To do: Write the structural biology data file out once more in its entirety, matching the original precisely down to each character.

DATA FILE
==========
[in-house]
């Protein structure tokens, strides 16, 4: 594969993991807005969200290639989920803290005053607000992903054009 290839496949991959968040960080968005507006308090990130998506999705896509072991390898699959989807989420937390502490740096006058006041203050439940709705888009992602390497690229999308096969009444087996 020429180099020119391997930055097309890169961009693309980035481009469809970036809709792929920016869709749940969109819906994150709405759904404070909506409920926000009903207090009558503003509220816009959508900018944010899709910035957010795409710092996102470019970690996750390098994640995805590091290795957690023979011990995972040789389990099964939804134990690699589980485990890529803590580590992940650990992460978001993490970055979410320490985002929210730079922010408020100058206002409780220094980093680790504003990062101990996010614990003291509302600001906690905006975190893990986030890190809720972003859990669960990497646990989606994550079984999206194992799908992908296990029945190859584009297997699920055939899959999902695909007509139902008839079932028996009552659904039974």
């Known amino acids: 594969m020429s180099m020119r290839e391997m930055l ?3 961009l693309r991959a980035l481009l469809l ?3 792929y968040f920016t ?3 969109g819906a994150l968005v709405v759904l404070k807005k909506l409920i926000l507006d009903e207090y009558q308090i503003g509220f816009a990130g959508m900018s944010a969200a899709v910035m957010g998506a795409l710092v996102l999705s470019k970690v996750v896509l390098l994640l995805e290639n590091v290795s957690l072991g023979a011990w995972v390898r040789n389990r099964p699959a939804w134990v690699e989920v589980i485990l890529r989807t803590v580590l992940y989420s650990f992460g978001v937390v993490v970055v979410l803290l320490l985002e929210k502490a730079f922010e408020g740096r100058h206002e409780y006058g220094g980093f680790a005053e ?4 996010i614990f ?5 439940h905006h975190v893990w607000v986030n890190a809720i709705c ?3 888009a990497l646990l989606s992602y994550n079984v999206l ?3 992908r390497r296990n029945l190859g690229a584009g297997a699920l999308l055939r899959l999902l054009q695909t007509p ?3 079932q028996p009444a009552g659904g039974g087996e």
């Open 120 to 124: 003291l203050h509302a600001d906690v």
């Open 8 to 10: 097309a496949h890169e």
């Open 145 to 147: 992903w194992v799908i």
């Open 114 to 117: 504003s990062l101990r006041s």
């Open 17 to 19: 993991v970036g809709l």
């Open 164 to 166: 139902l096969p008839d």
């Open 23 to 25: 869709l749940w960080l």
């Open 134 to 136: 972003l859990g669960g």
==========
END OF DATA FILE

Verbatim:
[in-house]
């Protein structure tokens, strides 16, 4: 594969993991807005969200290639989920803290005053607000992903054009 290839496949991959968040960080968005507006308090990130998506999705896509072991390898699959989807989420937390502490740096006058006041203050439940709705888009992602390497690229999308096969009444087996 020429180099020119391997930055097309890169961009693309980035481009469809970036809709792929920016869709749940969109819906994150709405759904404070909506409920926000009903207090009558503003509220816009959508900018944010899709910035957010795409710092996102470019970690996750390098994640995805590091290795957690023979011990995972040789389990099964939804134990690699589980485990890529803590580590992940650990992460978001993490970055979410320490985002929210730079922010408020100058206002409780220094980093680790504003990062101990996010614990003291509302600001906690905006975190893990986030890190809720972003859990669960990497646990989606994550079984999206194992799908992908296990029945190859584009297997699920055939899959999902695909007509139902008839079932028996009552659904039974």
């Known amino acids: 594969m020429s180099m020119r290839e391997m930055l ?3 961009l693309r991959a980035l481009l469809l ?3 792929y968040f920016t ?3 969109g819906a994150l968005v709405v759904l404070k807005k909506l409920i926000l507006d009903e207090y009558q308090i503003g509220f816009a990130g959508m900018s944010a969200a899709v910035m957010g998506a795409l710092v996102l999705s470019k970690v996750v896509l390098l994640l995805e290639n590091v290795s957690l072991g023979a011990w995972v390898r040789n389990r099964p699959a939804w134990v690699e989920v589980i485990l890529r989807t803590v580590l992940y989420s650990f992460g978001v937390v993490v970055v979410l803290l320490l985002e929210k502490a730079f922010e408020g740096r100058h206002e409780y006058g220094g980093f680790a005053e ?4 996010i614990f ?5 439940h905006h975190v893990w607000v986030n890190a809720i709705c ?3 888009a990497l646990l989606s992602y994550n079984v999206l ?3 992908r390497r296990n029945l190859g690229a584009g297997a699920l999308l055939r899959l999902l054009q695909t007509p ?3 079932q028996p009444a009552g659904g039974g087996e």
């Open 120 to 124: 003291l203050h509302a600001d906690v």
């Open 8 to 10: 097309a496949h890169e």
């Open 145 to 147: 992903w194992v799908i």
């Open 114 to 117: 504003s990062l101990r006041s």
């Open 17 to 19: 993991v970036g809709l």
């Open 164 to 166: 139902l096969p008839d």
């Open 23 to 25: 869709l749940w960080l």
């Open 134 to 136: 972003l859990g669960g």